Some historians credit the invention of the pedal bicycle to Kirkpatrick MacMillan, a Scottish blacksmith who lived from 1812-1878. One day back in 1839, MacMillan was out watching people riding bikes, which at that time were driven by kicking the ground with your feet. Thrilling, eh? Seemed to him that there must be a better way. . .
According to later research done by family members, after musing on the matter a bit MacMillan came up with an idea for the first pedal set-up that could more effectively drive the bike. Using his blacksmith tools, he put his idea into place, and voila! bicycling suddenly took a giant leap forward.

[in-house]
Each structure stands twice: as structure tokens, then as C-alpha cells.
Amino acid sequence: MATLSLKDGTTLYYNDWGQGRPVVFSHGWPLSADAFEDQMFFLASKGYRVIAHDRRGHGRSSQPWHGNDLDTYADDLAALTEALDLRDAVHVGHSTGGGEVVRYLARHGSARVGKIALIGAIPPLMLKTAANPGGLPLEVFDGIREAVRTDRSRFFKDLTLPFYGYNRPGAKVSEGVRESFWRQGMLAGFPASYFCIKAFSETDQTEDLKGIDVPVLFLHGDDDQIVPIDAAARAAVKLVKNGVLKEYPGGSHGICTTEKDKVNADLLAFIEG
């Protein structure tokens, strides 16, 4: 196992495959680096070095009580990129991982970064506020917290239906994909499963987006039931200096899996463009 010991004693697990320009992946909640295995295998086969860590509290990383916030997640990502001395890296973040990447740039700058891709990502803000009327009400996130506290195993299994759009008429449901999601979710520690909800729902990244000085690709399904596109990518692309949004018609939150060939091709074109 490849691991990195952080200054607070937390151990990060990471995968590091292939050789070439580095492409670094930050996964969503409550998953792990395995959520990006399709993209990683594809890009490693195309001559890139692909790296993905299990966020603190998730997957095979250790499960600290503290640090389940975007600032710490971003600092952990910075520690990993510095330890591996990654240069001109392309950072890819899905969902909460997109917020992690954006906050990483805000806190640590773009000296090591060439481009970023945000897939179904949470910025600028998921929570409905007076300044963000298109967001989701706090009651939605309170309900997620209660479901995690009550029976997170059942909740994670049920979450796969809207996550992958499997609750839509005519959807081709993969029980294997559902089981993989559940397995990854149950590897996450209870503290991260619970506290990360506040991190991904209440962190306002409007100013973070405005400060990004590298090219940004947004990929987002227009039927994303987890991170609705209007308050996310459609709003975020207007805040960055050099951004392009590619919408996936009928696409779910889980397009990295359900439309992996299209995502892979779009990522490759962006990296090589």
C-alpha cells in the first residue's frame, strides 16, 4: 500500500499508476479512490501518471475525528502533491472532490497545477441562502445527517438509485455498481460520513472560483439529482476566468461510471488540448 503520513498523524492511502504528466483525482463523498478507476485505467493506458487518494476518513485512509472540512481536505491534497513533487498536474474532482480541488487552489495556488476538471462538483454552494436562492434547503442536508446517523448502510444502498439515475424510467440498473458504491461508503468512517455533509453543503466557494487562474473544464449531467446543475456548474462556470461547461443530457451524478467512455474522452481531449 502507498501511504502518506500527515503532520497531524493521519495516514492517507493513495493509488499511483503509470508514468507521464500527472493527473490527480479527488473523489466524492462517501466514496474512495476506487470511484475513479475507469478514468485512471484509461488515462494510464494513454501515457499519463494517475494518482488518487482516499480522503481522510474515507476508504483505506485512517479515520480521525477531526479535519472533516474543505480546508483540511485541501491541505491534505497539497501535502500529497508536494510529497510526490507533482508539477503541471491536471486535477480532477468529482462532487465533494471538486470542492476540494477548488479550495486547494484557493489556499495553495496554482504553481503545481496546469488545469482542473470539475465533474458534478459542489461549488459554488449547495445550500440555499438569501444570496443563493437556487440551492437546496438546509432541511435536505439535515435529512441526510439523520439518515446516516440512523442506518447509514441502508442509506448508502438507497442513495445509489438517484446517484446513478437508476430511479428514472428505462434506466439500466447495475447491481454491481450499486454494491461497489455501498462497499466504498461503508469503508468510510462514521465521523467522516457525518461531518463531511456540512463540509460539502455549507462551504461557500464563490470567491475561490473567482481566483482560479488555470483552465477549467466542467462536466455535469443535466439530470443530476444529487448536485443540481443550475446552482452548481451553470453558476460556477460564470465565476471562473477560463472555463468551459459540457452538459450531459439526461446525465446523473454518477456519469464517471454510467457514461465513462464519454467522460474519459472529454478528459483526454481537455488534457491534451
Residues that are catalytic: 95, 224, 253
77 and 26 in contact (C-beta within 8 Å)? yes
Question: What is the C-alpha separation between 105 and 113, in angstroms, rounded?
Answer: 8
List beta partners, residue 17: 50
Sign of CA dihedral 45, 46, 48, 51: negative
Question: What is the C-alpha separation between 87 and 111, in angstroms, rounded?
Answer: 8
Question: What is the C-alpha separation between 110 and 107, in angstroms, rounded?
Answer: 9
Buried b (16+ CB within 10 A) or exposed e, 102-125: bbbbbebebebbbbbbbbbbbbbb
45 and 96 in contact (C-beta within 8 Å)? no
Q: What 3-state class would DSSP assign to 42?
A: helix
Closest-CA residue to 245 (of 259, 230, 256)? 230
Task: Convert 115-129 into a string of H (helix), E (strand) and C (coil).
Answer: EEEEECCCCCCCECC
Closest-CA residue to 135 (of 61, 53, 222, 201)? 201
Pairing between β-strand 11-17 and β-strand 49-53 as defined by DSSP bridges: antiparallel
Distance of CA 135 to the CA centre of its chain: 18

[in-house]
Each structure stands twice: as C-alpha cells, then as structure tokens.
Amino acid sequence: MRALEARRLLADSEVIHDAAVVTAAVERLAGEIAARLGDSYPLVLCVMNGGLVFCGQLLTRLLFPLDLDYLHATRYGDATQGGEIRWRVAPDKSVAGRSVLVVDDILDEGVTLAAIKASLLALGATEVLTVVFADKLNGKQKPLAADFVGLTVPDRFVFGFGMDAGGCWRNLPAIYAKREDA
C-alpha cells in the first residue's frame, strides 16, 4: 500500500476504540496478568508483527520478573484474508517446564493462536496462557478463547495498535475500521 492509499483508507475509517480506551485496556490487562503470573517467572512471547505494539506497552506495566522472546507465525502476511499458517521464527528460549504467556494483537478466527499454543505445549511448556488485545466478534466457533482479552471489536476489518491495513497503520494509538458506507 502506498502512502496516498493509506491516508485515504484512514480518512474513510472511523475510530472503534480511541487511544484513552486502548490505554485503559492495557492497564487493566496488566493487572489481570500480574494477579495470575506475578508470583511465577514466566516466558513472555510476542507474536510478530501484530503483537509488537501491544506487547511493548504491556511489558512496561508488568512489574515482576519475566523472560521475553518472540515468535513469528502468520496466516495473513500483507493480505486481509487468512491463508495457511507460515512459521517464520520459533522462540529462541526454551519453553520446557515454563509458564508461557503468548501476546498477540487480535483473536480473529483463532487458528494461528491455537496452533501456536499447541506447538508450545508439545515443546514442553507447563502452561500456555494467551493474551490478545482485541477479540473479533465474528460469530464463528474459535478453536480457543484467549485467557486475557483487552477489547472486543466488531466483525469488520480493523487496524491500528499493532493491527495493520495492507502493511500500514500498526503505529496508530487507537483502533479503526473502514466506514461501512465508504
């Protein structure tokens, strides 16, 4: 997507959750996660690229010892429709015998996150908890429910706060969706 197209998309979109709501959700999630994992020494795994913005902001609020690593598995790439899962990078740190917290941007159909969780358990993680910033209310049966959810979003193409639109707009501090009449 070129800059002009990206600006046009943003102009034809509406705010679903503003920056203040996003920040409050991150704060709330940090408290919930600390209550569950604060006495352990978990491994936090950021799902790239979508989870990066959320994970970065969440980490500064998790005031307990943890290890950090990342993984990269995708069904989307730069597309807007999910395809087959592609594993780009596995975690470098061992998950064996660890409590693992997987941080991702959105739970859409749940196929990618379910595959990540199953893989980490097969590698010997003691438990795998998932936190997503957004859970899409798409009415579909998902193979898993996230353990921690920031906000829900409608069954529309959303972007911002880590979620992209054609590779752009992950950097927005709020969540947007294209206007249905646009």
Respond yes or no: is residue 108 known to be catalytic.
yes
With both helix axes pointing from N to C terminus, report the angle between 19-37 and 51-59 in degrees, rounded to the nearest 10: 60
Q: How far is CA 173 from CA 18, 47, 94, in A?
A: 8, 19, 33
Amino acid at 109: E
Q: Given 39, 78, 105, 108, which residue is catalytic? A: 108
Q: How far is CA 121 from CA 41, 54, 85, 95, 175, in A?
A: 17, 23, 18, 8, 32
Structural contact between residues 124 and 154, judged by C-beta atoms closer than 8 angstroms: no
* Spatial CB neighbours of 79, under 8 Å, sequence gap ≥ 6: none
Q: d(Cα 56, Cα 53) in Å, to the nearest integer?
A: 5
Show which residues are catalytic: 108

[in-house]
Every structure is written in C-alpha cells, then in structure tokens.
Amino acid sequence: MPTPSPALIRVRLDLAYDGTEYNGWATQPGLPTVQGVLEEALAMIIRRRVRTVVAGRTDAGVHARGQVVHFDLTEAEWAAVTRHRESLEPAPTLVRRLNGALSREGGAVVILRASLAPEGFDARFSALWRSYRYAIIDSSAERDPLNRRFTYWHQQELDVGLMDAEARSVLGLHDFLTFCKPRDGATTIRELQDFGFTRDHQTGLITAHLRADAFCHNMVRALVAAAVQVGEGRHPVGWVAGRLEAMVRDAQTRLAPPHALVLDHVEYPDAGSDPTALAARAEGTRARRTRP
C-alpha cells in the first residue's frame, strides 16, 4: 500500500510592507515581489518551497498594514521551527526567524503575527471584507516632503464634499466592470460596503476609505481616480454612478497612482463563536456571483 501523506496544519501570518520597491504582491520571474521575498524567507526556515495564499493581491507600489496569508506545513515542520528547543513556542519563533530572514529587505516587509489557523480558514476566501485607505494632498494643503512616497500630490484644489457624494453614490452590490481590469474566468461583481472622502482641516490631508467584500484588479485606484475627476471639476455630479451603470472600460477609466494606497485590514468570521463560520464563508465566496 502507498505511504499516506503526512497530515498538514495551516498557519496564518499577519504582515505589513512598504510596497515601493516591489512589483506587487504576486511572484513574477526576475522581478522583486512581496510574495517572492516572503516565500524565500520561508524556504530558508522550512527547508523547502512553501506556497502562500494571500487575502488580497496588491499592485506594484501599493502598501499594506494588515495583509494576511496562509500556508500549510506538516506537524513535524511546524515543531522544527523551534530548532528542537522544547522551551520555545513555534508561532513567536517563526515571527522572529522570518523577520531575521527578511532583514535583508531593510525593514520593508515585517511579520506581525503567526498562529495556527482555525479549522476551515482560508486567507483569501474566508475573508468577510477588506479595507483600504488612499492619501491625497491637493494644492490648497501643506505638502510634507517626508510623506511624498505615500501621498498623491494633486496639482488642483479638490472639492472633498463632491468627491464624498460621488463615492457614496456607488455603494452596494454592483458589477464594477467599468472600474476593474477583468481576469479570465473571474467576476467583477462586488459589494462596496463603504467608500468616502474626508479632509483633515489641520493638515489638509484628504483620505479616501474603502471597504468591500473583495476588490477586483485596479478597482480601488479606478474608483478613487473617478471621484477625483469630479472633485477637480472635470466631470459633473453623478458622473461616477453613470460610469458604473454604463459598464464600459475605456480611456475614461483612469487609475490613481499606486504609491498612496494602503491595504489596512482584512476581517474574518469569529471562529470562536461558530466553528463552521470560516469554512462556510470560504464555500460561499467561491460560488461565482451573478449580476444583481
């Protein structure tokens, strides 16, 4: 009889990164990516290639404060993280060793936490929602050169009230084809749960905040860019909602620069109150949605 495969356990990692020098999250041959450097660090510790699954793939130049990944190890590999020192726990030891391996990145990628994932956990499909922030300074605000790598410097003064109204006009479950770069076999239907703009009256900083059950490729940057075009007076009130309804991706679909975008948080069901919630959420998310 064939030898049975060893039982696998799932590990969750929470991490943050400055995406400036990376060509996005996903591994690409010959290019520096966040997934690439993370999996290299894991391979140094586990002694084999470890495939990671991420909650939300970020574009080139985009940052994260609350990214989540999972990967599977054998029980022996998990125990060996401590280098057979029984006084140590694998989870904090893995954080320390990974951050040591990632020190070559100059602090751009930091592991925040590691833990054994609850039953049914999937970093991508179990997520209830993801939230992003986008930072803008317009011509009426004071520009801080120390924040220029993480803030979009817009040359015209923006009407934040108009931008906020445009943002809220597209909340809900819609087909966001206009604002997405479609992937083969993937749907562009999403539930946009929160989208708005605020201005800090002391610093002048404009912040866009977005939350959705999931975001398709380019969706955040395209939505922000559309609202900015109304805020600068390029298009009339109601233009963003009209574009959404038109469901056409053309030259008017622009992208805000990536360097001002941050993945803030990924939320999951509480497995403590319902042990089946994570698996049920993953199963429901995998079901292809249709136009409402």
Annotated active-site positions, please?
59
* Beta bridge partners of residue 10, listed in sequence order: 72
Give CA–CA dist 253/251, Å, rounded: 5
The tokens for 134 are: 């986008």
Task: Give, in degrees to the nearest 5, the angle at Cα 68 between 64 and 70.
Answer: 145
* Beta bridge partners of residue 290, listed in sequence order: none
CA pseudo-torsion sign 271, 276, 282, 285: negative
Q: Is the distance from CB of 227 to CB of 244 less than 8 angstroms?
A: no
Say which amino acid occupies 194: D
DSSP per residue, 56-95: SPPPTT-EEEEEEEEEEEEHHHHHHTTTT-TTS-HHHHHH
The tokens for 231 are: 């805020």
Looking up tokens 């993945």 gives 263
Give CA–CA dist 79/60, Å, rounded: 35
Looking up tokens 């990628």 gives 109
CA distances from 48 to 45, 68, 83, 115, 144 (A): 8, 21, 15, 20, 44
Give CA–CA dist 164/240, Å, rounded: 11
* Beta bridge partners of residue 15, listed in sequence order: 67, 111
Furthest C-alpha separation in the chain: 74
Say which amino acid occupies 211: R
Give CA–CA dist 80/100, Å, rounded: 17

Macmillan's contraption had a wood frame and iron-rimmed wooden wheels. The front wheel, which provided limited steering measured 30 inches (760 mm) in diameter, while the back had a 40 inch (1016 mm) wheel and was attached to pedals via connecting rods. In total, Macmillan's bike weighed 57 lb (26 kg). His creation gathered a lot of attention, and Macmillan helped generate additional publicity when he rode the bike 68 miles to visit his brothers in Glasgow. Copies of his invention produced by other firms soon appeared on the market, and Macmillan saw little profit from his innovation.